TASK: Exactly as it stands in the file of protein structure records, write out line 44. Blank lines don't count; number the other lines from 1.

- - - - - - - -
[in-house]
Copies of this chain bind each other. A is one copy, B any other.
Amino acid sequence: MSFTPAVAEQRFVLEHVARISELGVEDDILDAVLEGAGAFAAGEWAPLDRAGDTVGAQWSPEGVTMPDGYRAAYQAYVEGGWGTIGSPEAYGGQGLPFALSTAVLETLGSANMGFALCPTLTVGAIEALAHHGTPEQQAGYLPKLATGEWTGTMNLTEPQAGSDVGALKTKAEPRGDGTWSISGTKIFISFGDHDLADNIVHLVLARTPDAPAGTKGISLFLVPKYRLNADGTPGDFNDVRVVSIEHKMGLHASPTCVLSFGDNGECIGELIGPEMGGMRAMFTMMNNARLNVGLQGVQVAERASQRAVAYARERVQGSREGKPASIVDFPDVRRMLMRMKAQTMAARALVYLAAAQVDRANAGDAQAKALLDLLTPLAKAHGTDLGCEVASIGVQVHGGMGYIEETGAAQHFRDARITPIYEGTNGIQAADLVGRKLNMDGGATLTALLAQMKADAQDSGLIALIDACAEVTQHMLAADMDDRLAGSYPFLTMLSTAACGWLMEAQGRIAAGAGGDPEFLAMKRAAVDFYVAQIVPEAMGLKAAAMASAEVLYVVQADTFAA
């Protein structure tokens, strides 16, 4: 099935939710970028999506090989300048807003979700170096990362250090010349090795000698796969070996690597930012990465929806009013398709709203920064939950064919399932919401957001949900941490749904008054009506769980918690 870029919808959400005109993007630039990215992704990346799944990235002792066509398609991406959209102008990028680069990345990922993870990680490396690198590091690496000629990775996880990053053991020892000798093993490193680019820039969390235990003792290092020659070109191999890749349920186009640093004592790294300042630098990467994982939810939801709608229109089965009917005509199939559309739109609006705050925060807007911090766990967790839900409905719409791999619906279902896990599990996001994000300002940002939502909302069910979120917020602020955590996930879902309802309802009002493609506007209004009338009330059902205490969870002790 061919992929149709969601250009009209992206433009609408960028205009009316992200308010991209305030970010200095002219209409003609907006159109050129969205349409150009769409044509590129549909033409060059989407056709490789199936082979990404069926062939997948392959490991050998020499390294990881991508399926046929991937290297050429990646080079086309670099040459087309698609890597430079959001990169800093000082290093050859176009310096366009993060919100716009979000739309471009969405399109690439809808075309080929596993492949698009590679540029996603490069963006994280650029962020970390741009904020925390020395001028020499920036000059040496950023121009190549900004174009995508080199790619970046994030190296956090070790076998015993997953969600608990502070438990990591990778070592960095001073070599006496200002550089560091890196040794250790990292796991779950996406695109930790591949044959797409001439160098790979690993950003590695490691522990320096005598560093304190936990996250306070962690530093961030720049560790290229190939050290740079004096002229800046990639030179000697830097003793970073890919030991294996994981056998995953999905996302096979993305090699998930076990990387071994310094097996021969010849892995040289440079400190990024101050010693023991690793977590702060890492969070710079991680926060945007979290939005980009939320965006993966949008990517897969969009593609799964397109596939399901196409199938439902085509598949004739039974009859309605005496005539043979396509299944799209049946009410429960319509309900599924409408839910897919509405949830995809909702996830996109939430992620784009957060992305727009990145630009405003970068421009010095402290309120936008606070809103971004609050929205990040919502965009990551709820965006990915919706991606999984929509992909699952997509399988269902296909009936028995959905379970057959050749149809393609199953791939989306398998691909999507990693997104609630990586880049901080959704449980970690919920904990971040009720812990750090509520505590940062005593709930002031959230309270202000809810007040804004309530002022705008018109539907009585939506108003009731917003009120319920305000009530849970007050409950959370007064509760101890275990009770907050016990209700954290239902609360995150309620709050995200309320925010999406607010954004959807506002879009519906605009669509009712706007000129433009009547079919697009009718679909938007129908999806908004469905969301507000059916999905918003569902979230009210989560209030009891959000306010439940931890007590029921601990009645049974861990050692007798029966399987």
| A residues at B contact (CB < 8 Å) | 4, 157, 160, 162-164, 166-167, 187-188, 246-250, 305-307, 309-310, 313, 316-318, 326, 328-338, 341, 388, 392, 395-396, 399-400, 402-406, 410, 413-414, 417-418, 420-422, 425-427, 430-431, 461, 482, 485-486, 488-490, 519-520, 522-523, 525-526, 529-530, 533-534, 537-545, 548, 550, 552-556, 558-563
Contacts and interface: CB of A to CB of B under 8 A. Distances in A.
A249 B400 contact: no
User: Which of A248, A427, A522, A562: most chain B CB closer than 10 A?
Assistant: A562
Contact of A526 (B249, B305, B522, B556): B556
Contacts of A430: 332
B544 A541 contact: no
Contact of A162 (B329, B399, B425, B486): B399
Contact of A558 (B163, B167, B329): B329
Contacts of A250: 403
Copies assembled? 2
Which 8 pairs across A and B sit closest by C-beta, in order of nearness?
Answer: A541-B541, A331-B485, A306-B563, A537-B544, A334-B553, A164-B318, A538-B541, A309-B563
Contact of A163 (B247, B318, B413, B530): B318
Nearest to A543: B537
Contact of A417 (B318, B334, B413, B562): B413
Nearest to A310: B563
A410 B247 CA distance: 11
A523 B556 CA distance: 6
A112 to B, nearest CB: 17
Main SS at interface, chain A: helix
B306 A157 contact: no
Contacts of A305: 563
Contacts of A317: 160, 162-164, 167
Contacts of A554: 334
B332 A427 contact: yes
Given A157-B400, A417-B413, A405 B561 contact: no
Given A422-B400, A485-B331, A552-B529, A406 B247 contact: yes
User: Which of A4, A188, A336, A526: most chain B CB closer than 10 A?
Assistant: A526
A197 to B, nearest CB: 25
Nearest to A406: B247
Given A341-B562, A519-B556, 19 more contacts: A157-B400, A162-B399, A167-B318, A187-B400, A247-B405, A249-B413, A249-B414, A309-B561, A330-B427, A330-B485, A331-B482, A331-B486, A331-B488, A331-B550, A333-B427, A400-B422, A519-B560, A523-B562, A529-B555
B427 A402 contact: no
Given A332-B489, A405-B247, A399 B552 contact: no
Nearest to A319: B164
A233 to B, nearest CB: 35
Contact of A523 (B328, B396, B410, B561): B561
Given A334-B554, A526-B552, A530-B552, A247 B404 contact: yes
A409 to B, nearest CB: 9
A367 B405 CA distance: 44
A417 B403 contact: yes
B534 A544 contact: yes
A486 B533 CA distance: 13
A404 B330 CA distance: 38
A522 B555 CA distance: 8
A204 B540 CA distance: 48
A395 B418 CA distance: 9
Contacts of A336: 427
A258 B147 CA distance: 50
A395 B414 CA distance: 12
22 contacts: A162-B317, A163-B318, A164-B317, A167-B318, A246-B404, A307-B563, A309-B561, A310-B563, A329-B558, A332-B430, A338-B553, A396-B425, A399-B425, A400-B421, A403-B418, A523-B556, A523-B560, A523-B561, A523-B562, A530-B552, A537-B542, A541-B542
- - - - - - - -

Given A334-B554, A526-B552, A530-B552, A247 B404 contact: yes